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Water Ponds Form in Halema‘uma‘u Crater

August 8, 2019, 5:43 PM HST (Updated August 9, 2019, 6:58 AM)
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A telephoto view of the ponded water at the bottom of Halema‘uma‘u on Aug. 7, 2019. For scale, the largest pond is about 50 feet in diameter. PC: USGS D. Swanson

USGS Hawaiian Volcano Observatory (HVO) is now tracking ponds of water, not lava, at Kīlauea’s summit.

The recent appearance of water at the bottom of Halema‘uma‘u, a crater at the summit of Kīlauea Volcano, has attracted wide attention and generated many questions. To understand the significance of this water, we must first gather accurate information on its behavior. Similar to our monitoring of ponded lava in Halema‘uma‘u from 2008 to 2018, USGS HVO scientists are now relying on both direct observations and modern tools to monitor the water.

During regular visits to Kīlauea, HVO staff observe, measure and document changes in the water in Halema‘uma‘u through photographs, videos and thermal images.

A view of Halema‘uma‘u and the water at the bottom of the crater is from a slightly different angle than previous photos. The main pond appears larger from this site because its entire perimeter can be seen. PC: USGS/D. Swanson, July 7, 2019.

As shown in HVO’s website photos available online, the ponds are milky turquoise, or greenish, in color, indicative of dissolved sulfur and metals from magmatic gases or surrounding rock mixing into the water. Thermal images show water surface temperatures of approximately 158°F. Tracking both color and temperature of the ponds will help identify changes in chemistry and heating.

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The water in Halema‘uma‘u is not visible from publicly accessible areas of Hawaiʻi Volcanoes National Park but this past week, HVO moved one of its existing webcams to a site that provides a direct view of the ponds. This temporary webcam doesn’t have high enough resolution to discern small scale changes in the water level but will nevertheless be valuable for identifying larger scale events.

The water level at the bottom of Halema‘uma‘u continues to slowly rise, resulting in the enlargement and merging of the small ponds. Today, the second and third ponds (top of image) observed over the weekend have merged and are nearly connected to the main pond (bottom of image). For scale, the main pond is about 15 yards wide. PC: USGS M. Patrick, July 6, 2019.

To measure the level of water in the ponds, HVO scientists use a long-range laser rangefinder. These daily measurements show that the water level has slowly risen, enlarging the ponded water area over the past week.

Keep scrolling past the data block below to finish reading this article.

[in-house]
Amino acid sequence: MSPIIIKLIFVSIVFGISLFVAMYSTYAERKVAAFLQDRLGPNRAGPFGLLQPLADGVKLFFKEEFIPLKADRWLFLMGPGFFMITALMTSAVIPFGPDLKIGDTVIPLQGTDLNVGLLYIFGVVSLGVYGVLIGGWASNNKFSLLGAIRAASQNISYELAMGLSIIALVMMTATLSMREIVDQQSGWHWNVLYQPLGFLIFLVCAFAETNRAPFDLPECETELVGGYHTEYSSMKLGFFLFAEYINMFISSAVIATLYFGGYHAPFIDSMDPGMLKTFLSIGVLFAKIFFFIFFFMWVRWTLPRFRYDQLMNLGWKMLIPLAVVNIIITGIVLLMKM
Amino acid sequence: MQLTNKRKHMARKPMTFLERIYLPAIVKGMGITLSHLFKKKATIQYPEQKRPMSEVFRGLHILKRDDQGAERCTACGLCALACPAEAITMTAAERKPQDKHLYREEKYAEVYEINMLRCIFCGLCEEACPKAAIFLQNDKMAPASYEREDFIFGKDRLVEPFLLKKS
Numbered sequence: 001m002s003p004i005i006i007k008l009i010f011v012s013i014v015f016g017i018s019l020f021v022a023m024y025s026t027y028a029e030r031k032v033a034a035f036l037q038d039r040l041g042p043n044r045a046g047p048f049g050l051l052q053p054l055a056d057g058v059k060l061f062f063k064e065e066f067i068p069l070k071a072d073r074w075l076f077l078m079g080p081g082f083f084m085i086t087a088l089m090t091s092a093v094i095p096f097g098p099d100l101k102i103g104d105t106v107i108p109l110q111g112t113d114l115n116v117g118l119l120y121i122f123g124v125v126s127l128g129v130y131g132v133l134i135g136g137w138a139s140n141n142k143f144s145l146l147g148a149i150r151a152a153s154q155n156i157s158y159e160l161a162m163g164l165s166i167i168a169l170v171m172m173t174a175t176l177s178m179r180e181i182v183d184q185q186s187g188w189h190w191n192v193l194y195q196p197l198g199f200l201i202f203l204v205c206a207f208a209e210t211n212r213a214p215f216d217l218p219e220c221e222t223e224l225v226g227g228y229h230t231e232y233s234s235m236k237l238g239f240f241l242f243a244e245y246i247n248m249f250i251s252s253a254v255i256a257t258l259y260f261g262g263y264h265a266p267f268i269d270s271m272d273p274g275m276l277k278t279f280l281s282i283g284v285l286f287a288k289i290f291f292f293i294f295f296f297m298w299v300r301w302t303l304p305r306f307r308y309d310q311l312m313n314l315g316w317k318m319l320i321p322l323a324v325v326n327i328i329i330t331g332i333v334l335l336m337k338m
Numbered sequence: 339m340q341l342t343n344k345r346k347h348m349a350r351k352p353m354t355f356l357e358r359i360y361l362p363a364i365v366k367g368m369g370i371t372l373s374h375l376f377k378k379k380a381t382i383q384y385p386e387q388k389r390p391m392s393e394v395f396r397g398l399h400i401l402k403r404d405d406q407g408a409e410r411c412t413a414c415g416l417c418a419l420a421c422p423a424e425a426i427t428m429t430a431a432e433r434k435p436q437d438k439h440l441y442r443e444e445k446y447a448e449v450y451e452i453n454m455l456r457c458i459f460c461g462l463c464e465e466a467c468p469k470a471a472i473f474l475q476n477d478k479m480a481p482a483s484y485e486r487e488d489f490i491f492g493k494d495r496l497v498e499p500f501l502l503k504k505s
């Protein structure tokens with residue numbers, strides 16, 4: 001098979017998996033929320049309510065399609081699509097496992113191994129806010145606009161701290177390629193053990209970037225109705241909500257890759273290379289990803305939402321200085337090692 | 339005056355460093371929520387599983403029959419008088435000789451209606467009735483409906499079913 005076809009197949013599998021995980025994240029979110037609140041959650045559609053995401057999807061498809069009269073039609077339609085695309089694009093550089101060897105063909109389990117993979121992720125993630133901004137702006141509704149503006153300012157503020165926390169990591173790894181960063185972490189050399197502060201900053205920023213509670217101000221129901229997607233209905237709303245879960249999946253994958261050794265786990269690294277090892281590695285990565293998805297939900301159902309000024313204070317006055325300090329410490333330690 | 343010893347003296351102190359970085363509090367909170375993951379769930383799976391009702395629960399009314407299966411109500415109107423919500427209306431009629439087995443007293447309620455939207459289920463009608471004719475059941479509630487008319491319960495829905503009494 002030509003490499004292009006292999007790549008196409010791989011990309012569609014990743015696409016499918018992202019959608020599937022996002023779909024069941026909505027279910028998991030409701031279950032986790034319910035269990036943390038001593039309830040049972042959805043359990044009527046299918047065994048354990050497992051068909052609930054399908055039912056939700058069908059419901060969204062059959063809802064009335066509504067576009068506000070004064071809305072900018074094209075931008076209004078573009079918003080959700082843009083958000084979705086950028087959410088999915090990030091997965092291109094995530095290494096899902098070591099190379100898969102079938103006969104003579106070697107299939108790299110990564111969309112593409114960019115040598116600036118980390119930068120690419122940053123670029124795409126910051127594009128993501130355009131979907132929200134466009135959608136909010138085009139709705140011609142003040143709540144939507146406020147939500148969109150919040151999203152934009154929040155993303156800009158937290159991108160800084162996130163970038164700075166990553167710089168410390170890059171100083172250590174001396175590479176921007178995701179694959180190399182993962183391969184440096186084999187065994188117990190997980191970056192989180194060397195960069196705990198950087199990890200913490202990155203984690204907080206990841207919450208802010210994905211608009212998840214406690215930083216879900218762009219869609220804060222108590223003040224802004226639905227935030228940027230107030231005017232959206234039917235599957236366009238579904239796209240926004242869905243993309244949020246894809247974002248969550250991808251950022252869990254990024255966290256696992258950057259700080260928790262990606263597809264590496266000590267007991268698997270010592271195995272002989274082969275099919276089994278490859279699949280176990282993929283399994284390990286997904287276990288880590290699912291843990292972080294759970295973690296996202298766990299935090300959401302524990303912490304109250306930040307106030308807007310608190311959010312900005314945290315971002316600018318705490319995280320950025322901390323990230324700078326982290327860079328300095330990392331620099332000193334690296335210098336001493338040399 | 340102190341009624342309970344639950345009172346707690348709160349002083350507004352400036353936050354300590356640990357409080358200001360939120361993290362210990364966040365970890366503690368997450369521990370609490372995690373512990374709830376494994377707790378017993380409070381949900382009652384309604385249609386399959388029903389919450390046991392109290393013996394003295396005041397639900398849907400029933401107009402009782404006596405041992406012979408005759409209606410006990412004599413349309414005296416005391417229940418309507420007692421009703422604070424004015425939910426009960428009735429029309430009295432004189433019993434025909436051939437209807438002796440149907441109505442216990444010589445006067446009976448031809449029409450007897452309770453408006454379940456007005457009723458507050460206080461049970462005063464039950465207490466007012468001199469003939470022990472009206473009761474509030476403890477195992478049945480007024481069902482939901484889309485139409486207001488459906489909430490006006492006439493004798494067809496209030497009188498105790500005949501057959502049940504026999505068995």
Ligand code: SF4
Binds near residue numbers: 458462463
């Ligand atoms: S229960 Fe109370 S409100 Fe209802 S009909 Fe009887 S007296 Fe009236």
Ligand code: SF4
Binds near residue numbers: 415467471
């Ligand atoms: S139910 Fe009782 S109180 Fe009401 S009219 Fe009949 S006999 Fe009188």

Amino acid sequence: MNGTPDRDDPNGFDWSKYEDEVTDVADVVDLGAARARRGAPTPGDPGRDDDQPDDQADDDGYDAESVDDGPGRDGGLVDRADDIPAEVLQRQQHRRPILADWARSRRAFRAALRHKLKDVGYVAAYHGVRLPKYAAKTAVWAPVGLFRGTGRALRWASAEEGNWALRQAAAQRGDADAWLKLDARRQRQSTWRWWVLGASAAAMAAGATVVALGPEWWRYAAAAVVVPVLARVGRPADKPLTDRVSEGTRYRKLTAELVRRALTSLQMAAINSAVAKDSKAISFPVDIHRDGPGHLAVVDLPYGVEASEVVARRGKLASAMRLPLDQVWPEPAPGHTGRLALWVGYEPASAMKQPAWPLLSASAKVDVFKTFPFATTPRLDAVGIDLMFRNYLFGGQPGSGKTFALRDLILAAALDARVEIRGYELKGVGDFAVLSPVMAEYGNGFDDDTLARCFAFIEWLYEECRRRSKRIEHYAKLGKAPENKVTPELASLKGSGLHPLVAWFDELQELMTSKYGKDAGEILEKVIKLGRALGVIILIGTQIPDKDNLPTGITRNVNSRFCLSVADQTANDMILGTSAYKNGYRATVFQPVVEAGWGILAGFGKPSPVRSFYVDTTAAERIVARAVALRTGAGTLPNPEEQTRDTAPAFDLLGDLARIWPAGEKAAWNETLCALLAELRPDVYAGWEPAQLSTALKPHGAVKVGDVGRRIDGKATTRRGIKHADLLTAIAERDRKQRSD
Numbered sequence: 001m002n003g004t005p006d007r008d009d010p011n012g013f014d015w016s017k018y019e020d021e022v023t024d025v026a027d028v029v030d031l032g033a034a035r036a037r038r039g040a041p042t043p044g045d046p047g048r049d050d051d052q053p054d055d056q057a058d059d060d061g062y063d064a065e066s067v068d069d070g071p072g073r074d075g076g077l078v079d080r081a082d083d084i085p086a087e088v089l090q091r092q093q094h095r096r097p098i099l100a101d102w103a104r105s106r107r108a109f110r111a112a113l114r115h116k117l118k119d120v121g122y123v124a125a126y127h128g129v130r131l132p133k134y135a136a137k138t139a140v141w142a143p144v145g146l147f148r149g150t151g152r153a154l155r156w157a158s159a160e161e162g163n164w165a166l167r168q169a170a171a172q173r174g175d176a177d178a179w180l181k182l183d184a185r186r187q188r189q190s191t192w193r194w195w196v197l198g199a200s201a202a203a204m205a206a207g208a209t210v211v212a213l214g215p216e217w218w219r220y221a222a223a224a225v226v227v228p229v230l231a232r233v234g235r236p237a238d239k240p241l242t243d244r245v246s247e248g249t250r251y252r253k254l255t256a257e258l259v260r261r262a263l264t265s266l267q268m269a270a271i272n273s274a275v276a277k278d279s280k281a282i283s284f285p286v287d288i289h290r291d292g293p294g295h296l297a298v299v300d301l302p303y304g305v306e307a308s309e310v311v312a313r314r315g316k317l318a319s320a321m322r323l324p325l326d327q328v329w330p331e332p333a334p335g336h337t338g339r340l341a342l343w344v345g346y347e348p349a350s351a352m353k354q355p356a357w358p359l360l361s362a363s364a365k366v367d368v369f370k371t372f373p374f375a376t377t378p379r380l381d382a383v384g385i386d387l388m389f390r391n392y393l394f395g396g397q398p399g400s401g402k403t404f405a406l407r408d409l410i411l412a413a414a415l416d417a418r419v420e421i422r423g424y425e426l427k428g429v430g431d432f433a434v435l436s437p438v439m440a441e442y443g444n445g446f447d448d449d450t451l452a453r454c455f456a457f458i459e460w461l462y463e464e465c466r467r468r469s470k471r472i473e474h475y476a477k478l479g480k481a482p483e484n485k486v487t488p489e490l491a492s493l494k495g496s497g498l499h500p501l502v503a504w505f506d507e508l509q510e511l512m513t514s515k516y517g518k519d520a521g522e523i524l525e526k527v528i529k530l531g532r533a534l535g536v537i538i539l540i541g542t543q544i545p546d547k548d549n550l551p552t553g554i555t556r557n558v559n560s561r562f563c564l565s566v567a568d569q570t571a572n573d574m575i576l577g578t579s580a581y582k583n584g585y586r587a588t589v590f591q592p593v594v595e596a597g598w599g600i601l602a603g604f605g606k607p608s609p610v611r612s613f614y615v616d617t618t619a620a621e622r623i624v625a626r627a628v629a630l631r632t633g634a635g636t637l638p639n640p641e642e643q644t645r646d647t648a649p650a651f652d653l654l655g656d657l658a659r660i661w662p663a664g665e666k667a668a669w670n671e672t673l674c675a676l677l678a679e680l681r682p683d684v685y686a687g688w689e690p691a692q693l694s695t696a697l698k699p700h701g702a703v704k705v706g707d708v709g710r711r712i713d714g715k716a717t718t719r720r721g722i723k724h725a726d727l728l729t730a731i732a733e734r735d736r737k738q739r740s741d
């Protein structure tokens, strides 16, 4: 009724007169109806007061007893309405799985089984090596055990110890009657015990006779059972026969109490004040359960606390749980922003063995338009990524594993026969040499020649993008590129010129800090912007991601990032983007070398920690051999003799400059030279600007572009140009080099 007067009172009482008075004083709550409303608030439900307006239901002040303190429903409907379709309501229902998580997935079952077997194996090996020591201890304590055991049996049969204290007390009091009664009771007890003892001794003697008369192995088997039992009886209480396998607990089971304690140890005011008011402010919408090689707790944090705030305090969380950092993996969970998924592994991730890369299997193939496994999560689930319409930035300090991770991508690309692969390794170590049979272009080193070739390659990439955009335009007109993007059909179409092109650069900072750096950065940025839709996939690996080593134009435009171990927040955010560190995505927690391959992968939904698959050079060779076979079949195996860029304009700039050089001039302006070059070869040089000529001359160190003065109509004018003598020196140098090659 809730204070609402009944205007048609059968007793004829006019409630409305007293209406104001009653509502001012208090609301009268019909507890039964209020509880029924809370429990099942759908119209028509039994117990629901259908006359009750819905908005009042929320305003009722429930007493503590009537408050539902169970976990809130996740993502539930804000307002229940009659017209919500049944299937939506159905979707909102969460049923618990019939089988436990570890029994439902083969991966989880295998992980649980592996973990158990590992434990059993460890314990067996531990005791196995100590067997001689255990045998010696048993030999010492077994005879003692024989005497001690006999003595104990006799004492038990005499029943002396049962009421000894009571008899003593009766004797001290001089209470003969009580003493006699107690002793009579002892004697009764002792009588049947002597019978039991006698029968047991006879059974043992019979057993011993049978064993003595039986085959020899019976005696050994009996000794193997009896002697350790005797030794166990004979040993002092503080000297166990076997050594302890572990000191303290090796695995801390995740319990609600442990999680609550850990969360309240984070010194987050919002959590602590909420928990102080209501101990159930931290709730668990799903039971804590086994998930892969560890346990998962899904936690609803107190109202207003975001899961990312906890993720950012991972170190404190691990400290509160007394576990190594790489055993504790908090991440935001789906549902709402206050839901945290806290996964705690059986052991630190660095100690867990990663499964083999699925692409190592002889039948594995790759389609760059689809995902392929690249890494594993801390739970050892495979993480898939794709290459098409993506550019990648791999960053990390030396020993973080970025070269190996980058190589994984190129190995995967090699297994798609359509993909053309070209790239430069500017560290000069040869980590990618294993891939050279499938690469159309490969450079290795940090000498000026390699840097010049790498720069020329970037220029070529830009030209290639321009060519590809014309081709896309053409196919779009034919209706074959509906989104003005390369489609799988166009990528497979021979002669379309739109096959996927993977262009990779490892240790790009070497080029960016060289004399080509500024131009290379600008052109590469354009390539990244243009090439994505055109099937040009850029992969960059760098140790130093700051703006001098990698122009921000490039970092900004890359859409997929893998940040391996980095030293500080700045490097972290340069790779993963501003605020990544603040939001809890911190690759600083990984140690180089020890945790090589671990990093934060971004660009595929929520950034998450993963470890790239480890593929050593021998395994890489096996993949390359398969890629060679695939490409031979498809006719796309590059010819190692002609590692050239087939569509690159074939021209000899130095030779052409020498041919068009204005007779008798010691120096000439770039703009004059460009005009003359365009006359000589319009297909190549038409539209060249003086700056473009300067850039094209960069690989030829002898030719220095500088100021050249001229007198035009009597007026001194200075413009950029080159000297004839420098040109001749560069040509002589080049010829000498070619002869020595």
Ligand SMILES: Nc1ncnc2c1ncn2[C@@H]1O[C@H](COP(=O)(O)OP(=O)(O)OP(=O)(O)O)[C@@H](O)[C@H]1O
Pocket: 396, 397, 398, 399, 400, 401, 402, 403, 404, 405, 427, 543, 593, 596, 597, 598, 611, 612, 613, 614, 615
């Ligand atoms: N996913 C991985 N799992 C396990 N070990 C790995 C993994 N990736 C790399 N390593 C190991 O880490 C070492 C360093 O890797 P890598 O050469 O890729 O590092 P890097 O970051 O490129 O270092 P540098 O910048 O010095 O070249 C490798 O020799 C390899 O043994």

Future helicopter overflights will allow for the mapping and precise measuring of the area and volume of the changing ponds. Using oblique photographs, 3-dimensional models of the crater floor can be created. Comparing these updated models with the lidar (light detection and ranging) data collected in July 2019 will help estimate water volume. High-resolution satellite images, which are routinely collected at Kīlauea’s summit, can fill in observational gaps between HVO’s overflights.

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Unmanned aircraft systems (UAS), or drones, a tool used during the 2018 events, could also provide aerial imagery and precise measurements of pond area and volume.

In addition to surface observations, HVO also monitors for subsurface changes. Fortunately, Kīlauea’s summit hosts one of the densest volcano monitoring networks on Earth. Seismic, deformation and gas instruments can help determine if magma is rising closer to the surface. Seismic monitoring may be able to detect instabilities in the hydrothermal system—the zone where groundwater and hot gases interact—that, at other volcanoes, have been precursors to eruptions.

Direct sampling and chemical analyses of the water in Halema‘uma‘u would provide insight into its source—if it is a shallow accumulation of rainwater or the surface expression of a deeper-seated layer of groundwater. Some of the water could also be from condensed water vapor directly released by the magma.

Knowing the water’s source will offer a better understanding of the possible hazards associated with it. For instance, if the water is from the extensive zone of groundwater around the crater, it could be more likely to interact with rising magma and result in explosive activity.